It is known that certain RF pulses, called adiabatic pulses, produce excellent slab profiles when used to invert longitudinal magnetization (i.e., as “RF inversion pulses”). A certain class of adiabatic pulses, called an “offset-independent adiabatic (OIA) pulses, are described in the article by A. Tannus and M. Garwood, “Improved Performance of Frequency-Swept Pulses Using Offset-Independent Adiabaticity,” Journal of Magnetic Resonance, Series A, 120, 133-137 (1996), which article is incorporated herein by reference. Known forms of OIA pulses, which are illustrated in FIGS. 2A and 2B, are described in the Tannus and Garwood article, and include: a Lorentz pulse (1), the hyperbolic secant (HS) pulse (2), an “HSn pulse” (3), a Gauss pulse (4), a Hanning pulse (5), a “Sin40” pulse (6), and a chirp pulse (7), the latter being the most rudimentary form of an OIA pulse.
The normalized amplitude modulation F1(t) is plotted in FIG. 2A, and the normalized frequency modulation F2(t) is plotted in FIG. 2B for the above-mentioned pulses. Phase modulation can be used in place of frequency modulation and can be derived from the frequency modulation via time-integration.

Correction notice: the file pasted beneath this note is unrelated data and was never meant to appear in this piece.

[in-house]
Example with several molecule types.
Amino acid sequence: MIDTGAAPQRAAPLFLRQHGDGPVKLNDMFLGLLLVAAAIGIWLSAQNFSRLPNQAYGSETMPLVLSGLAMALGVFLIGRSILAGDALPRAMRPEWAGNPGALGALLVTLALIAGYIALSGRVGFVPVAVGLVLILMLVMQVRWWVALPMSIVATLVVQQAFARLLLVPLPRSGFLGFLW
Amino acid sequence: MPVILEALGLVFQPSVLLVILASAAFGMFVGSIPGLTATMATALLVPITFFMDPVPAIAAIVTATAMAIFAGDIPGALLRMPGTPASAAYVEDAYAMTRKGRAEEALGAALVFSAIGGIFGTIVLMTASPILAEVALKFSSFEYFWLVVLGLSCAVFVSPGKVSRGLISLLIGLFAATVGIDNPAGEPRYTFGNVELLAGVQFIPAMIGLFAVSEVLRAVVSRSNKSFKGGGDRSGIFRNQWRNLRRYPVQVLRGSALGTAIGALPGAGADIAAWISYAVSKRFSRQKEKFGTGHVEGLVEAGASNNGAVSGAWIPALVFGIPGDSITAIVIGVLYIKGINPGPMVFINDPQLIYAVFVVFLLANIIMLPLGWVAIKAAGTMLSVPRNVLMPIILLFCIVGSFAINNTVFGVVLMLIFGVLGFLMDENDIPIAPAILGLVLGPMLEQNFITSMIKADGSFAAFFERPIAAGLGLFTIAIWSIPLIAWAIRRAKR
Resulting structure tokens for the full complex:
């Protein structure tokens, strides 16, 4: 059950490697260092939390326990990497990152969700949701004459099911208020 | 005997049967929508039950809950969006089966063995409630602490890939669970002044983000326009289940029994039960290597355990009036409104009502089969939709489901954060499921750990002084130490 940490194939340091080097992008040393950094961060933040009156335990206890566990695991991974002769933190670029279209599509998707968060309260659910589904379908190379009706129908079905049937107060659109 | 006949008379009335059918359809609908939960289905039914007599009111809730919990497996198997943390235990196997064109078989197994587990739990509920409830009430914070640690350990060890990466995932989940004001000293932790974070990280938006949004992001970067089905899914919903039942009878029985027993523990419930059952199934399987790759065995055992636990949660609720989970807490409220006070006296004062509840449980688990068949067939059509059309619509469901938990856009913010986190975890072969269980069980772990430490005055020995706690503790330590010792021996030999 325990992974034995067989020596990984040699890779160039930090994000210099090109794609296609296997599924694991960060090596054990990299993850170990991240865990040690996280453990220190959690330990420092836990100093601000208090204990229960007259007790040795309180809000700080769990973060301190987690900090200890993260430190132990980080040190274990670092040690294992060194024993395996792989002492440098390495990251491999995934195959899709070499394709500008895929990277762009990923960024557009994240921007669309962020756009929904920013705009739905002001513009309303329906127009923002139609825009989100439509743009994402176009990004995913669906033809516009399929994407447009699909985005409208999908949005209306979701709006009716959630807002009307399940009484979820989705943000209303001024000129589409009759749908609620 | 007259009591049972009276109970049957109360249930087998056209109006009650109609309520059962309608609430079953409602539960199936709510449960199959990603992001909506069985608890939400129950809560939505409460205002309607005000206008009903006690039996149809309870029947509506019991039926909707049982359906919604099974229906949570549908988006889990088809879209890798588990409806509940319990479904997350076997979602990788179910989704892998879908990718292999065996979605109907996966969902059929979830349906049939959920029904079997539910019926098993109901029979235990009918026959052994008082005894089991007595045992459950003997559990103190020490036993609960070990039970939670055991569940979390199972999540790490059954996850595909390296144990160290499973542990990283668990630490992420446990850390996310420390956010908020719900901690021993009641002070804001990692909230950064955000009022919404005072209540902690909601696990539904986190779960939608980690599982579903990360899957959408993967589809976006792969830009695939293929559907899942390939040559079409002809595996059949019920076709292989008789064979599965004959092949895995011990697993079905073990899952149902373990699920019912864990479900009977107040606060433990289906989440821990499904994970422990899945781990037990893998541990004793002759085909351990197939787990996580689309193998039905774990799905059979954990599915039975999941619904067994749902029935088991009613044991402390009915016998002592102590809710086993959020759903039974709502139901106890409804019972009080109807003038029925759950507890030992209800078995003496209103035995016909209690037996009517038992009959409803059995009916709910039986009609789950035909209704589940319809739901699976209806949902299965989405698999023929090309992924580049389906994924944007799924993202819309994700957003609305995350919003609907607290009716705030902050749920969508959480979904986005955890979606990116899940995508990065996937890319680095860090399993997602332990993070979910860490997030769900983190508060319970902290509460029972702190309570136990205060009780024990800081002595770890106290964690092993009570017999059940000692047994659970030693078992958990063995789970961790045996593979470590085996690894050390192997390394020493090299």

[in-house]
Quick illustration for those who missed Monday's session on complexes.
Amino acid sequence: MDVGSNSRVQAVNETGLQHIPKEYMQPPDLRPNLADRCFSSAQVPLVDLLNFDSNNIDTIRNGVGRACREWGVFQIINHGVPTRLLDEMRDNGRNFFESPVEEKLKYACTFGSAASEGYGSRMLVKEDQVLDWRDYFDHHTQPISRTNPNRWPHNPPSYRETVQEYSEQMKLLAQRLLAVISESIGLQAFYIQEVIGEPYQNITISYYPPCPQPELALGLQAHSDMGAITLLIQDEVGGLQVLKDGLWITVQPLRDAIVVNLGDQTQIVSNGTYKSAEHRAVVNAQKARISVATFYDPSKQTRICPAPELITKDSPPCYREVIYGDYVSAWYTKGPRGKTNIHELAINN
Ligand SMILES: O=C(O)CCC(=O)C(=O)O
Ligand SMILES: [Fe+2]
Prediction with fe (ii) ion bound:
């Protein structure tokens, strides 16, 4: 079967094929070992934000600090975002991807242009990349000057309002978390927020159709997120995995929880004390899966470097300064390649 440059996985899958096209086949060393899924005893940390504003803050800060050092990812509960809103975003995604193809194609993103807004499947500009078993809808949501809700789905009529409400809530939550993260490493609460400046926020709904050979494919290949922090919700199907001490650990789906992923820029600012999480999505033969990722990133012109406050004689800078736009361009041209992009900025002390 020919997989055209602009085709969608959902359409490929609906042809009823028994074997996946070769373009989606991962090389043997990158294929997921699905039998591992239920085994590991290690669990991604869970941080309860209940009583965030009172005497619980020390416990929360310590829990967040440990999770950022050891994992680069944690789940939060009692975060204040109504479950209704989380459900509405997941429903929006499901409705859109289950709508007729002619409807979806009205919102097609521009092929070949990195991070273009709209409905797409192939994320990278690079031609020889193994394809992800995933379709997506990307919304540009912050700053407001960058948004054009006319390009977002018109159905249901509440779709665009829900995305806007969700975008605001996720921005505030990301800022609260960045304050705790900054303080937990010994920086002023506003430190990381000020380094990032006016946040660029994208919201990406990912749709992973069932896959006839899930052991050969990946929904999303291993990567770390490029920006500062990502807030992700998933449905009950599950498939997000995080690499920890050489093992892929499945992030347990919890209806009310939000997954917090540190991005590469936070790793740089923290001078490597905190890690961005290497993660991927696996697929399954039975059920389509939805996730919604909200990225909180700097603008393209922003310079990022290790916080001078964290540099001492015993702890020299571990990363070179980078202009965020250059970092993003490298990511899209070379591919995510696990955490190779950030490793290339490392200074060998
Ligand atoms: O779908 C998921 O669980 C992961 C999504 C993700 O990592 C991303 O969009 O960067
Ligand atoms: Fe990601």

FIGS. 3A-3C plots the amplitude modulation, phase modulation and frequency modulation, respectively, for an HS pulse, which is an exemplary embodiment of an adiabatic RF excitation pulse capable of producing an excellent slab profile, as illustrated below.
Those skilled in the art will appreciate that OIA pulses represent only a small sampling of the huge number of different adiabatic pulses that are available, and that any one of a number of adiabatic pulses, including those OIA listed herein by way of example, can be created using the approach described in the Tannus and Garwood article, or by other known means.
Adiabatic type pulses have not been used effectively as an RF excitation pulse, and in fact have historically been avoided for such a purpose because they produce a substantially quadratic phase variation across the slab. Such a phase variation causes destructive interference of the signal from different portions of the slice, which results in a loss of signal and thus a poor image or a poor spectrum.
In the present invention, it has been discovered that adiabatic pulses typically only used for inverting longitudinal magnetization can be used for selective spin excitation for 3-D slab imaging and volume NMR spectroscopy.
The present invention uses adiabatic RF excitation pulses that produce a sharp slab profile, in combination with phase-encoding gradients (as a specific example) to break up the resultant magnetization phase variation into small increments in the slab-select direction so that the intra-voxel dephasing becomes small (i.e., less than 180° phase variation ΔΦ over the voxel).